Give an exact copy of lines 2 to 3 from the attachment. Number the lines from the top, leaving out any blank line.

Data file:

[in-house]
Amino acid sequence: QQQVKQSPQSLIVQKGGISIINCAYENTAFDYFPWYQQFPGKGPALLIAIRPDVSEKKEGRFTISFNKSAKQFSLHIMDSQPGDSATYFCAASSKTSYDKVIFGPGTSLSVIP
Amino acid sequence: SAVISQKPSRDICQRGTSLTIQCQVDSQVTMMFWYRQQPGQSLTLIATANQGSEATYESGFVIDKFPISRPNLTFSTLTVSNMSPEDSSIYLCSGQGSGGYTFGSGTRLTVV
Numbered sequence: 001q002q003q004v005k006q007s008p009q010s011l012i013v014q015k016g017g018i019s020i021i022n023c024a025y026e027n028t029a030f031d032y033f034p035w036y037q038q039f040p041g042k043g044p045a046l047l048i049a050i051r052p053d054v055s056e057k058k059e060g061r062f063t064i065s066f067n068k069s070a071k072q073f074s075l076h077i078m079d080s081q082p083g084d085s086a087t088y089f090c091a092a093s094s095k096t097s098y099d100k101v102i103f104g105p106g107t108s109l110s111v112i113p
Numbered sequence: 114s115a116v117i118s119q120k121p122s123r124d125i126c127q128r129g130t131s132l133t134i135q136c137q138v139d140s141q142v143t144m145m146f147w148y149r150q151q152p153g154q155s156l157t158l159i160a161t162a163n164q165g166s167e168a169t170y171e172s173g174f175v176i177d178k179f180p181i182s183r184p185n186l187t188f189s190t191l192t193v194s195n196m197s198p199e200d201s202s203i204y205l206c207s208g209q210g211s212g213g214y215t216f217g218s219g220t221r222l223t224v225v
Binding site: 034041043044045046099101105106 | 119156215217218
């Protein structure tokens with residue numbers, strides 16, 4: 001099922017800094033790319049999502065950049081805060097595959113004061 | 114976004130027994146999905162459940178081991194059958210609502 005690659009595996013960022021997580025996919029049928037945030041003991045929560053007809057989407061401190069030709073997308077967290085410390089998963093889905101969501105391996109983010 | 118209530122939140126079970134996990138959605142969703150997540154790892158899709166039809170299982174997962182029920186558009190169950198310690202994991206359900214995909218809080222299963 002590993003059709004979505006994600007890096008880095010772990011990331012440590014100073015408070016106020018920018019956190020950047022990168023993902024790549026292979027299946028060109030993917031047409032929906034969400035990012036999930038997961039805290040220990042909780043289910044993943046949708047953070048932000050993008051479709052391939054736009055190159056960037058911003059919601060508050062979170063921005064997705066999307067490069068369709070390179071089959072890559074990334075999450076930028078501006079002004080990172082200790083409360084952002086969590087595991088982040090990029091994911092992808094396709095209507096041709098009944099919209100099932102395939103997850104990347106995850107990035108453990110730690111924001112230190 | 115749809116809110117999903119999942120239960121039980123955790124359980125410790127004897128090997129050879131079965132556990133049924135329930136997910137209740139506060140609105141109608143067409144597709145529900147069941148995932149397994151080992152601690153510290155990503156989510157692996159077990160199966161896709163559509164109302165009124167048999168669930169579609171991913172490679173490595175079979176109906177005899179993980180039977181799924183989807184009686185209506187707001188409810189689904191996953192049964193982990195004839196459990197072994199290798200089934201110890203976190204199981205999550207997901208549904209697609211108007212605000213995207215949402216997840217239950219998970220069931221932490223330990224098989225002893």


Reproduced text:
Amino acid sequence: QQQVKQSPQSLIVQKGGISIINCAYENTAFDYFPWYQQFPGKGPALLIAIRPDVSEKKEGRFTISFNKSAKQFSLHIMDSQPGDSATYFCAASSKTSYDKVIFGPGTSLSVIP
Amino acid sequence: SAVISQKPSRDICQRGTSLTIQCQVDSQVTMMFWYRQQPGQSLTLIATANQGSEATYESGFVIDKFPISRPNLTFSTLTVSNMSPEDSSIYLCSGQGSGGYTFGSGTRLTVV